Artist Explores Her Baby-Boom Memories

Mom cooks breakfast in cashmere and pearls. Dad works all day to bring home the bacon. Daughter feeds her little brother live ants.

This Middle-American Gothic may look familiar, but you're not watching "Nick at Nite." It's new-style performance art, brought to you by Celeste Miller, 37, a baby-boomer artist who grew up with TV as the clamoring-for-attention member of the family.

Miller is the creator of the autobiographically inspired, dance-based trilogy, "Lost and Found in America: Some of the Stories." Though the series is still evolving, she'll give the world premiere of the sequel--"Lost and Found in America: More of the Stories"--Thursday through Saturday, at Sushi Performance Gallery.

Miller's narratives explore rites of passage from gym class to adolescent loss of innocence, with an eye toward the universality of such experiences.

"The difficulty of growing up in any decade is always feeling awkward and alienated," she explained. "I try to distill stories down to that basic truth."

But her performance art is also strongly influenced by such familiar characters as Ed, Wilbur and the Beaver.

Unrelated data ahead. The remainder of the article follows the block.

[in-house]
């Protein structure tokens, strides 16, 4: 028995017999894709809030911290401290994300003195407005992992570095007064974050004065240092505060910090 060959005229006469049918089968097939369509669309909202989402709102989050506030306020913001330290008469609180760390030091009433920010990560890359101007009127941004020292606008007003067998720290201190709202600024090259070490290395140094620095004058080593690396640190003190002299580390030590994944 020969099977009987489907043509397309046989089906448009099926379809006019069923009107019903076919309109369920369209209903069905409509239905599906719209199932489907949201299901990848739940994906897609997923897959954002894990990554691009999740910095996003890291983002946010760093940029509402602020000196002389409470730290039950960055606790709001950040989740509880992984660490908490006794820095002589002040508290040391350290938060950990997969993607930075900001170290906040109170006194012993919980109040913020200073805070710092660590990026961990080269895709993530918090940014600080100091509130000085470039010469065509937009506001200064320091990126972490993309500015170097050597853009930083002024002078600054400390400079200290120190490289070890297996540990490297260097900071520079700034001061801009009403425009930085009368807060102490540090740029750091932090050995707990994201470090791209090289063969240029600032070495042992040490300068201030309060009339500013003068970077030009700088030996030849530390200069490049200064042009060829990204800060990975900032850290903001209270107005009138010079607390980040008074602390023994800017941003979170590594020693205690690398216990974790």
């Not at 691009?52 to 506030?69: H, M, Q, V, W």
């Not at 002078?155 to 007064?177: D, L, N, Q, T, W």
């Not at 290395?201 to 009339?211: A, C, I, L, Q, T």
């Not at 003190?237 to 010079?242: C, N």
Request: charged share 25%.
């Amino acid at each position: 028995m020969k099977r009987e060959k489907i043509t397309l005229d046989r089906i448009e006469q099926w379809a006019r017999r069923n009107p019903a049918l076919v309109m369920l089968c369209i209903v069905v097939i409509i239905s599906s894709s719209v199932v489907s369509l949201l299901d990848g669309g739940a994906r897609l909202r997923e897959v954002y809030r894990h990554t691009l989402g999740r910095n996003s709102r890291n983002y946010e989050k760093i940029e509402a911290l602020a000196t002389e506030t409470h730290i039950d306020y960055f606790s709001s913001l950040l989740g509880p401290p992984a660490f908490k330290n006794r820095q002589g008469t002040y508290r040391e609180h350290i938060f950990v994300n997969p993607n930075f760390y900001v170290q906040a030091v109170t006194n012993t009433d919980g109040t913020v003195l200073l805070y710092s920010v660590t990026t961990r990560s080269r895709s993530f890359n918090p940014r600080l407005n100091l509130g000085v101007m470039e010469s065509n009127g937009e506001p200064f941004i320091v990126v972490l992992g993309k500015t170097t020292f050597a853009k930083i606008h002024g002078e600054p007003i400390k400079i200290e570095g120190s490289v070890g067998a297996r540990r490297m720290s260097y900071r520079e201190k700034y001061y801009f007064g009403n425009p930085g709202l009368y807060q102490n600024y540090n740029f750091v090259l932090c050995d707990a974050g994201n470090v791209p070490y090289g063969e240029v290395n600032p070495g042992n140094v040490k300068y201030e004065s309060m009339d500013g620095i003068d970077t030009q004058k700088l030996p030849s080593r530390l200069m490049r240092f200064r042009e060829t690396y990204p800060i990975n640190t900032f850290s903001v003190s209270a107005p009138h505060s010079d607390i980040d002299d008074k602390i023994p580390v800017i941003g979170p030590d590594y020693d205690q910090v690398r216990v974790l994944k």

"I love watching those shows," said the Atlanta/New York-based Miller. "It makes me think of who I was then and what I was doing. But I never thought Donna Reed was my mother!"

Miller was prompted by her work with the Southern theater companies of the Alternate Roots organization to chronicle her suburban upbringing.

"All the values and feelings that the Southern theater companies were bringing up as issues in their work also applied to my own life.

"I grew up in the suburbs, but at one point I started getting defensive about that," she said. "The stereotypical reaction is that suburban stories don't have any heart and that the moms and dads are just like the '50s parents on TV."

So Miller set out to correct the record, especially for the younger people who now watch both old TV shows and recently coined shows about the '60s.

"Teen-agers seeing these shows are not getting the truth about those times," she said. "There isn't any real information going out about how we actually grew up, and what the people who lived through that time we're like."

These fictions are rewriting history, asserted Miller. "We're being given the romantic version of the '60s," she said. "One side has been laid out by the media and it's my job as an artist to lay out the other."

How? "By giving people the real experience of that time instead of pretending the '60s were just a wonderful period. They were full of strife and protest and families falling apart.

"Now our generation is feeling a need to connect to how things used to be. We're also starting to feel how things have changed and what we've lost. We thought we could change the world, and the question we're asking ourselves now is, 'Did we even matter?' "

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